Let's look at the Bitcoin blockchain for a moment. In the beginning, every block in the network had the size of 1 MB, containing approximately 2000 transactions. As time passed and the number of transactions grew exponentially, so did the block size, therefore affecting scalability.
Response time refers to the period that a transaction awaits validation. The response time becomes longer and tedious when there's a high amount of transactions in the queue for verification, like in peak times.
The Bitcoin community has complained over time that the response time for building a new data block on the network can take 10 minutes or even longer. The response time must be cut considerably to solve the blockchain scalability problems.
Blockchain Scalability Solutions
There are several possible solutions to the blockchain scalability problem, divided into Layer-1 and Layer-2:
First layer scalability solutions
Layer-1 or on-chain scalability solutions make fundamental changes to the blockchain's properties and attributes, such as expanding the block size limit or lowering the block verification time.
Consensus protocol improvements
Improving the consensus protocols is one of the most common Layer-1 solutions. Many networks, like Bitcoin, use the Proof-of-Work consensus mechanism that offers reliable security but is relatively slow.
For this reason, other blockchain platforms are adopting the Proof-of-Stake (PoS) protocol as an excellent answer to the scalability problem. The Proof-of-Stake mechanism ensures consensus by selecting validators according to stakes in the network. A main blockchain like Ethereum can benefit from adopting PoS as it boosts the network's capacity, improving security and decentralization.
Segregated witness (Segwit)
Segwit represents a protocol upgrade for Bitcoin based-blockchains that changes how data is stored. Since the digital signature that verifies the sender's ownership and availability of funds can take up a lot of space in a transaction, Segwit removes the signature data to release more transaction capacity. The downturn of this protocol upgrade is that it doesn't help reduce the response time.
Segwit can also fix the problem of transaction malleability, which allowed the appearance of the Lightning network, an implementation of Layer 2 state channels architecture.
Sharding or horizontal partitioning is a form of database partitioning adapted from distributed databases. It involves breaking down transactions into smaller data sets called "shards." The network processes the shards simultaneously in parallel, enabling sequential work on numerous transactions at the same time.
This process allows information to be divided among several nodes while ensuring consistency. Shards offer proof to the main chain and interact with each other to share balances, addresses, and general states with the use of cross-shard communication protocols.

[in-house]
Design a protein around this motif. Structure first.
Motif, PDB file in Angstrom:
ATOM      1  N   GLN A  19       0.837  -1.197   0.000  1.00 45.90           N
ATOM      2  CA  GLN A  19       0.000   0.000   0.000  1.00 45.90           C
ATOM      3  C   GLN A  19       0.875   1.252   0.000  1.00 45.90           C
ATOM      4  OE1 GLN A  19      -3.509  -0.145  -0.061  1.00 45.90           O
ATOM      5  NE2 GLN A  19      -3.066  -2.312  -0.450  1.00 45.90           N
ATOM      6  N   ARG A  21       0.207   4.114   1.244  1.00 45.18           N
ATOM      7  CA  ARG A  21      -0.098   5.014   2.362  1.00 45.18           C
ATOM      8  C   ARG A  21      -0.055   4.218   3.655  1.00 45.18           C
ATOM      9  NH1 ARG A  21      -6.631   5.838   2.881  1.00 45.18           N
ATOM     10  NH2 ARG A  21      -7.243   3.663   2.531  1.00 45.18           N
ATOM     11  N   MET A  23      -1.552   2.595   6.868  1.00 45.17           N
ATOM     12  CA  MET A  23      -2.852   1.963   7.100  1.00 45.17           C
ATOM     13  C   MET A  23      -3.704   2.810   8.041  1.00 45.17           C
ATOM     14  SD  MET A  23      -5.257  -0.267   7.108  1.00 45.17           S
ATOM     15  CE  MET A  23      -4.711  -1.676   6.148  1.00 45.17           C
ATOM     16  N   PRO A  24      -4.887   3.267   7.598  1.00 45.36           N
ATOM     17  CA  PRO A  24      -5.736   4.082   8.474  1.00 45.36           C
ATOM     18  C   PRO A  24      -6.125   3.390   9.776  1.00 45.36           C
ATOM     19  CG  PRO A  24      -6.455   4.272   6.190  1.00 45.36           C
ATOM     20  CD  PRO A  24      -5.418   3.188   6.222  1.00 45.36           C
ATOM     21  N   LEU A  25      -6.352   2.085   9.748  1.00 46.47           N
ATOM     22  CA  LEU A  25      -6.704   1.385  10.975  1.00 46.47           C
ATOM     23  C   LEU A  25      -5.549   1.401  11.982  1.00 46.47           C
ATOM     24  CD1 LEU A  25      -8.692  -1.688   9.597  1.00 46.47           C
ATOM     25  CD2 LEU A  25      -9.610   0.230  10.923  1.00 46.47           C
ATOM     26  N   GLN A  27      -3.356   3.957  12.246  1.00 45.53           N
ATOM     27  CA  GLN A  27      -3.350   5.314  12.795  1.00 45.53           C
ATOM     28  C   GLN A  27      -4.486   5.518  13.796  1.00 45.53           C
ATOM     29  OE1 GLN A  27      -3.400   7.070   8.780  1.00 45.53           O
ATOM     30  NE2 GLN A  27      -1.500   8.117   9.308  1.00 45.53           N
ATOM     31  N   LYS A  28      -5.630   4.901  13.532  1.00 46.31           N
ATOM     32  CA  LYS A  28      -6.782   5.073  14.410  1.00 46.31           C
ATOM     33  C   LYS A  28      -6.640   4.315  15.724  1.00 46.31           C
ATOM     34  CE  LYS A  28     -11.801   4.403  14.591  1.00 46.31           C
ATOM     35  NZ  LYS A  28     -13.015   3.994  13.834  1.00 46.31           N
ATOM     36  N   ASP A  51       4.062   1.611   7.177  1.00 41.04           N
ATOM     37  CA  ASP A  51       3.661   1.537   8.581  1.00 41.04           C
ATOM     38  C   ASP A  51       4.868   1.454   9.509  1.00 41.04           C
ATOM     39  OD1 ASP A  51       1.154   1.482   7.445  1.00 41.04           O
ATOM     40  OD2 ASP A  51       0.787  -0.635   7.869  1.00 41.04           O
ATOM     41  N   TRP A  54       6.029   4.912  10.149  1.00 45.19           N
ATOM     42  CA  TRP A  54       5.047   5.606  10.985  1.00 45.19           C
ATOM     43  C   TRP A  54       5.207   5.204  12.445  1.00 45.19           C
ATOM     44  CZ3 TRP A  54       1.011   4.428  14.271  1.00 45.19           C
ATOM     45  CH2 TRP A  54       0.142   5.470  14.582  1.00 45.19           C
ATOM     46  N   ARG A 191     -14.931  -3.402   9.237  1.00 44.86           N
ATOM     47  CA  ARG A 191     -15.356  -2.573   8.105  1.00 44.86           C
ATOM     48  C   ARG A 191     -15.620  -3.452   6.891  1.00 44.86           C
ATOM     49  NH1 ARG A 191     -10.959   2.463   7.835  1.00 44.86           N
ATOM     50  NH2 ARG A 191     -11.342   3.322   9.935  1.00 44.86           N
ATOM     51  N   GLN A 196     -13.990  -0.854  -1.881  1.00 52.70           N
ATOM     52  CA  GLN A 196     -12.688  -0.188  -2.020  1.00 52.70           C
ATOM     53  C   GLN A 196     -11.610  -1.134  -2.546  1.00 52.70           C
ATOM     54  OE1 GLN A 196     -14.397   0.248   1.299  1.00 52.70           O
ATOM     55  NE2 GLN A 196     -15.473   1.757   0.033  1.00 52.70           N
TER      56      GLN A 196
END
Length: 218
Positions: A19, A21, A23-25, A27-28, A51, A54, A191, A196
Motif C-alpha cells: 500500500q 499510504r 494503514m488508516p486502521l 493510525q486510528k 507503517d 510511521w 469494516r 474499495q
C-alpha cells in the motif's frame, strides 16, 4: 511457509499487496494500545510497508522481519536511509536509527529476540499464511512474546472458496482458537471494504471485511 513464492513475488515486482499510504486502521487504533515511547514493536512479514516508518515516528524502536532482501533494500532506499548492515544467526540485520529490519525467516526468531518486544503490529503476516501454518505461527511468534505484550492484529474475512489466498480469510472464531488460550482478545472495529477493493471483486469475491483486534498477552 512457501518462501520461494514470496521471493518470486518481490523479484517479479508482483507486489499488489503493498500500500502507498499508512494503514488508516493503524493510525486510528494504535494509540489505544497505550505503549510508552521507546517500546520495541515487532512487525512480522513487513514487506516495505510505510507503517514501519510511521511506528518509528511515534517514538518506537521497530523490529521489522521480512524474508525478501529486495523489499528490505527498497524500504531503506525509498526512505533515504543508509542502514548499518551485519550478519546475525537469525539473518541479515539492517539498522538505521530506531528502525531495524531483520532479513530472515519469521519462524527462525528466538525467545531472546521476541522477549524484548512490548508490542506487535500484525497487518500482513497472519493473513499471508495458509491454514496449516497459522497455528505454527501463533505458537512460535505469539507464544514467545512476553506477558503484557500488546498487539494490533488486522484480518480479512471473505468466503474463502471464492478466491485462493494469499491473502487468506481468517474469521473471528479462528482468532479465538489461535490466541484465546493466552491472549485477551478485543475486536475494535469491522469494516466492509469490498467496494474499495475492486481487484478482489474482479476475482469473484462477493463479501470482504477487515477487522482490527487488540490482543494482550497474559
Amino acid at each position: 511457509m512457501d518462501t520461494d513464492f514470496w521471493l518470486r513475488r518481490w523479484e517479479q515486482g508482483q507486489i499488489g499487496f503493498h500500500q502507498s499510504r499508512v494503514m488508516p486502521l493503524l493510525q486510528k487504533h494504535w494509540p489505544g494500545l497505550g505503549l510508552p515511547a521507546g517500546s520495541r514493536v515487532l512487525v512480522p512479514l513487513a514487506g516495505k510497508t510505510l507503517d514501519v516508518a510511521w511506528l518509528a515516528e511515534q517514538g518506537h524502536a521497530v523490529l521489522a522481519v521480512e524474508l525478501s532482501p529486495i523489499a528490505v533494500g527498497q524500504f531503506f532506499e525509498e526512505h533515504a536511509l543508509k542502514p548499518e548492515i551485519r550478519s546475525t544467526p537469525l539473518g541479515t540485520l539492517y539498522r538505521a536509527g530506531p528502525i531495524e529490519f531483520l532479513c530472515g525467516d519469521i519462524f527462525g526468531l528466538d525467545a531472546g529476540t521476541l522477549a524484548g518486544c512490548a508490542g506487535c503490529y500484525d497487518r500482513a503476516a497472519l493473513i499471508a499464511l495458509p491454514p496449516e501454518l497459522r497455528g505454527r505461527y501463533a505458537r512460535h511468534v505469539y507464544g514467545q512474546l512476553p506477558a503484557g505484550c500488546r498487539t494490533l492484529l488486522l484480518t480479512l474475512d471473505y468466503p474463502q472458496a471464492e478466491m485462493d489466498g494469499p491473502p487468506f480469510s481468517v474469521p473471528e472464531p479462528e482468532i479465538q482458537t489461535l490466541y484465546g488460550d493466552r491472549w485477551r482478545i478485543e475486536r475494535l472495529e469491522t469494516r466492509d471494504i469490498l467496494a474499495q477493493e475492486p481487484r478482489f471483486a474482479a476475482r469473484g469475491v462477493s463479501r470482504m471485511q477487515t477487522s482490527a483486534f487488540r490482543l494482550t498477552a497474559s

Second-layer scalability solutions
Layer-2 or off-chain solutions are additional secondary protocols installed on top of the main blockchain and used to offload transactions off the blockchain. They help with storage and network congestion issues.
A nested blockchain is a decentralized network infrastructure that leverages the main blockchain to establish parameters for a more extensive network. It can also ensure the execution of transactions over an interconnected network of secondary chains.
State channels or Payment Channels
Payment channels or state channels facilitate the two-way communication between a blockchain and off-chain transactional channels, improving overall transaction capacity and speed.
A payment channel uses smart contracts to execute transactions faster and with considerably lower fees. Bitcoin's Lightning Network is a popular payment channel implementation. Besides the Lightning Network, another example is the Raiden Network for Ethereum.
A sidechain represents a blockchain-adjacent transactional chain that can be used for large batch transactions. It uses an independent consensus protocol to that of the main chain, optimized for speed and scalability. By moving specific applications from the main blockchain to the sidechains, the load of the original chain can be eased substantially.
Layer 1 versus Layer 2 scalability solutions
We've looked at both on-chain and off-chain solutions for the blockchain scalability issue. What remains is to see when ones or the others are used:
- Layer 1 is usually known as the settlement layer. For instance, Layer 1 corresponds to the Ethereum blockchain, while Layer 2 refers to the Polygon Network (Layer 2) that is built on top of Ethereum.
- Transactions in a decentralized system on a blockchain require a large amount of processing power and time. That is why dApp developers are building directly on Layer 2 solutions, boosting the performance of their decentralized applications in order to improve the user experience.
- Transactions currently happening on Layer 1 networks ( like Bitcoin or Ethereum) are not scalable and incur high fees. Trying to solve this issue, more and more projects have started to build on the Layer 2 solutions that ensure lower costs for transactions. On the other hand, computing on Layer 2 involves trade-offs, as decentralization and security might suffer.
As we've established in this article, a blockchain network can easily choke up with bottlenecks as more participants join in and the quantity of transactions increases. These bottlenecks can refer to hardware limitations, expensive transaction fees, or lengthy response times for transaction validation. The Bitcoin network seems to be riddled with such issues, but many bright minds work continuously on improving it with different scalability solutions.
While there are quite a lot of factors that negatively impact scalability, there are also many developing solutions for the blockchain scalability trilemma. Both Layer 1 and Layer 2 scalability solutions are trying to solve different problems that blockchain networks face. On-chain solutions include consensus protocol improvements, Segwit, and sharding, while off-chain solutions encompass nested blockchains, payment channels, and sidechains. There is still more work to be done before we reach the point of a high-performing blockchain platform that supports thousands of transactions per second while also having lock-tight security.
The crypto community is working non-stop to come up with innovative ideas and methods to improve blockchain scalability and efficiency. We're confident that lack of scalability will become a thing of the past as more Layer-1 and Layer-2 options emerge.